Wednesday, November 19, 2014

Ask Cloud: Have Kids, Will Travel, Want Career

A long time reader has sent me a question for my occasional Ask Cloud series. Here is the question, edited lightly to preserve anonymity:

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I've been following your blog since grad school (7+ years) and have really enjoyed seeing into the future as I'm probably 5 years behind you kids and career-wise. I'm struggling with what to do next and since your career has taken a few twists and turns, I'm wondering if you have any insights.

Short summary is that I have a life science PhD and have been working at a small company in a related field for 6 years.  It's great for flexibility as I've built up my career capital there but not so much for career (or salary) development. 

I am currently on a maternity leave and the odds are 50/50 whether my company will exist a year from now.  This has let me dream about the future a bit - my husband and I have decided we want to make travel with our kids a priority and have started on a 5 year plan. We realize taking a full year off could be difficult career wise, but working remotely is definitely a possibility. We'll be traveling a lot this year so we know we'll learn a lot from this experience!

I'm in a long scanner phase trying to figure out where the next career move is - do I: 

1. move to a bigger company, develop my career more and salary more? 
2. go back to my company (if it exists) as the flex work opportunities would be high
3. Work towards a travel friendly career (I was taking some programming courses before pregnancy brain made it too difficult. I've decided to start a blog/twitter travel account and experiment with social media this year (@raisingtravelrs). I've considered a teaching English to adults certification, and I've picked up crocheting, which maybe could support a small business if we lived in a low-cost country, who knows!)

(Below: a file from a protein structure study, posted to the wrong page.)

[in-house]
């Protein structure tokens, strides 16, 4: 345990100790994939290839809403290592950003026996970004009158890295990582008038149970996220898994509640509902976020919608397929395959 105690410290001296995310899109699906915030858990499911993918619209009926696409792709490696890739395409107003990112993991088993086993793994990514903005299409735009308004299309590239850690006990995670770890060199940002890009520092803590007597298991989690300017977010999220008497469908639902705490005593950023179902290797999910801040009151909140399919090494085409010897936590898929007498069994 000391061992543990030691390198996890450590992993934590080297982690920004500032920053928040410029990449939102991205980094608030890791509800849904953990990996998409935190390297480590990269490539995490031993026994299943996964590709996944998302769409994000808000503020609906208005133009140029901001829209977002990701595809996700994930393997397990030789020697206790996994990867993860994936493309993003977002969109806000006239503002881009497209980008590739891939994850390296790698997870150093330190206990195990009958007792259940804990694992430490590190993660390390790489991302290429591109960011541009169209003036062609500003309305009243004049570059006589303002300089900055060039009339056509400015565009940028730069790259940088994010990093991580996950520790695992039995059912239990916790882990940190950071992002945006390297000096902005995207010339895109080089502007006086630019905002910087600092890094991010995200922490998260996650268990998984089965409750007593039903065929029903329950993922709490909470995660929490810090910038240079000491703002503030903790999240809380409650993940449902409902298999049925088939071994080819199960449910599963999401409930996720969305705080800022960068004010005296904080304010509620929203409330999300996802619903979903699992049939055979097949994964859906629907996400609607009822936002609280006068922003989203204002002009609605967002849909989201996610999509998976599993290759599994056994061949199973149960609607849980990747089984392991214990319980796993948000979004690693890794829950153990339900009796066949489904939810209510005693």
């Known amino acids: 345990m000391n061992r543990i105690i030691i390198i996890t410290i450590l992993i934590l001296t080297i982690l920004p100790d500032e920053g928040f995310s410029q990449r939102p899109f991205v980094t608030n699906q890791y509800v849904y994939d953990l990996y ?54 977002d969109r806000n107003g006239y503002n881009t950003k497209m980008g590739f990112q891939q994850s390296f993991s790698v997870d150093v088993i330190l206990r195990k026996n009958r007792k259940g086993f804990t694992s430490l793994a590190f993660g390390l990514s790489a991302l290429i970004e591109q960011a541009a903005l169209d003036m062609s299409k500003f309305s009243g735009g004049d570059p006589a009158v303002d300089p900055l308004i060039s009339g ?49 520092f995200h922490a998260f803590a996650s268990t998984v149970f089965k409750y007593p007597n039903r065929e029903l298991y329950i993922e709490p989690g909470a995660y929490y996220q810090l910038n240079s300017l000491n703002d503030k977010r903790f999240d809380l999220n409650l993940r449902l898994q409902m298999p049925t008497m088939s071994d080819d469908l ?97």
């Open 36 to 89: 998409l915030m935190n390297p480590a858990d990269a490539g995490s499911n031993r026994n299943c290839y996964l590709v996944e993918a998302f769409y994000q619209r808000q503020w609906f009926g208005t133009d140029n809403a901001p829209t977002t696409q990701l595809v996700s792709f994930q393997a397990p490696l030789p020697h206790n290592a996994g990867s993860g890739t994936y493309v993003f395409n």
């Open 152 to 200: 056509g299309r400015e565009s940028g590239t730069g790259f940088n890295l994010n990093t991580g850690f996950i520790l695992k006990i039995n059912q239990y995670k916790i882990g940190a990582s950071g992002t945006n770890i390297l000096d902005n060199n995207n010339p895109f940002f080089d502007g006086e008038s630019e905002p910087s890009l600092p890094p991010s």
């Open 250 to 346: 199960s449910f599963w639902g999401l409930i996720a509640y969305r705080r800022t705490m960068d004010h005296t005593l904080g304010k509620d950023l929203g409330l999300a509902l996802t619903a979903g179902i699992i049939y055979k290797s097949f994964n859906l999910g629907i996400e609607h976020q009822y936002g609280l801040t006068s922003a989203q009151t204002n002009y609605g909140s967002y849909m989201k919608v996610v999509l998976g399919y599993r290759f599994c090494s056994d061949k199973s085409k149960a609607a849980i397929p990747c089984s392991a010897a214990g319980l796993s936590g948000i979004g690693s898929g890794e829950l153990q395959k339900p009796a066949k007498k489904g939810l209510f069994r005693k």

As you can see I don't need traditional resume help, I'm more focused on how I want my resume to look in 5 years.

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First of all, wow! Someone who has been reading my blog for 7+ years has essentially been reading from the start. I am truly honored to have someone who has stuck with me that long.

Now, on to an attempt to answer your question.

There is a lot to think about in there. I can certainly sympathize with wanting a career that is more conducive to a travel-heavy lifestyle. That is in fact one of the things that pushed me to make a change in my own career.

I'll give you my thoughts on your options one ant a time:

Option 1: Move to a bigger company

There can be a surprising amount of flexibility in a big company, but I think a lot depends on your boss and how invested he/she is in having you stay. I think this is true even in companies that have great flex work policies- the culture of your particular team will determine whether or not using those policies will be possible without stalling your career.

My gut instinct on this option is that you'd need a couple of years of standard work hours to build up the credibility and track record that would make an average boss willing to stick his or her neck out for you and fight for the flexibility that you really want. You could get lucky and get a better than average boss, or land in a better than average corporate culture- but that is very hard to suss out ahead of time, so my opinion is that if you go with this option, you should be mentally prepared for it to be a couple of years before you can really get much flexibility

However, the better money is definitely something to consider. My current work arrangement was made possible by the large buffer of savings we'd built up. Money really can buy career freedom, and it might make sense to have a long term strategy that includes time spent just accumulating money.

Option 2: Return to your current company